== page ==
One permanent secretary in a devolved administration felt that their department was “always a year away from an outcome”, while a council chief executive rated his authority’s progress to digital as “four out of ten”.

The same dissatisfaction at progress is evident across the different areas of the public sector as well as across most of the UK, the report said.

However, the report said that the leaders understood the barriers to transformation, with a lack of skills being the most significant barrier to change.

This is not just in recruiting and retaining digital expertise, but in leading transformation.

One comment from a council chief executive highlights the problem. The chief executive told Deloitte that many of his peers “pass anything digital to the head of IT”, concluding that “there’s a lack of competency to lead in a digital environment” across the public sector.

Further barriers identified included risk aversion, fear of failure and recriminations about past mistakes, with one minister telling the researchers: “We’re scarred from big IT projects so there’s a timidity to push the envelope.”

Others said that poor planning had inhibited progress, with a number of comments indicating that there is a growing recognition within the public sector that they will need to innovate to reform whole services and not just focus on channel shift.

One council leader told Deloitte: “We’ve wasted time digitising systems that weren’t fit for purpose in the first place. It’s rethinking these systems that will radically improve productivity.”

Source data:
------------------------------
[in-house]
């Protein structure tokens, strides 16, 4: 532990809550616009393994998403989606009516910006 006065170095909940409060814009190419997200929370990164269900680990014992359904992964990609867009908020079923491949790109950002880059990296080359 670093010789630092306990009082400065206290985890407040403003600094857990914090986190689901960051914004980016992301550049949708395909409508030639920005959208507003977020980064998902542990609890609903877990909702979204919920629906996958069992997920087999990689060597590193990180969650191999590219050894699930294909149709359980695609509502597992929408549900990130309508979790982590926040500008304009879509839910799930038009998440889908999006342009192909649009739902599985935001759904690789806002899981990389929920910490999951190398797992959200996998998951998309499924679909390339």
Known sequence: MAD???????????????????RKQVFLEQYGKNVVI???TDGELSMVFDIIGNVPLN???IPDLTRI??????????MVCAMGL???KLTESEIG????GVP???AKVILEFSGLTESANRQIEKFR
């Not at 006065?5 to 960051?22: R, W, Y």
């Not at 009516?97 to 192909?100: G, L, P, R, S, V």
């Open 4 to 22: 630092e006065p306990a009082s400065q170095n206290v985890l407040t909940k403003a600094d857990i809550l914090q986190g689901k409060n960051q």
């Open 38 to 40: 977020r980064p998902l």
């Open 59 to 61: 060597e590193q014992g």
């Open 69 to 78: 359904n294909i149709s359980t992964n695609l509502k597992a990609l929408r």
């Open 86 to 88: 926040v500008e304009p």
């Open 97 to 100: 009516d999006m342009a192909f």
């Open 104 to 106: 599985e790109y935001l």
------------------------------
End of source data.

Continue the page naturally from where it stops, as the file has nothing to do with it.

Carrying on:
The interviews also noted that digital exclusion was still a “live issue”, which is borne out in a separate section of the report that asked 1,000 members of the public how they wanted to engage with government.

It found that 59 per cent of people said they would use online as one of their top three preferred methods for finding out information about a public service.

However, phone still came out top in terms of percentages for all interactions with public services, and just 17 per cent said they would use online to make a complaint or ask for a problem to be dealt with.

This varied with social class, with younger people and those in more professional jobs more inclined to use online.

The report also suggested there is support for better data sharing within government, both within the bodies themselves to improve their own work and between bodies to improve outcomes for citizens.

It quoted one police and crime commissioner, who said: “How many times do we find when a child dies that every agency had a piece of the puzzle? IT is the way to make something happen.”

Deloitte makes one recommendation related to digital transformation, which is to “hack away at their organisation one step at a time – within a wider digital vision, and with relentless momentum – while avoiding the trap of simply digitising existing processes”.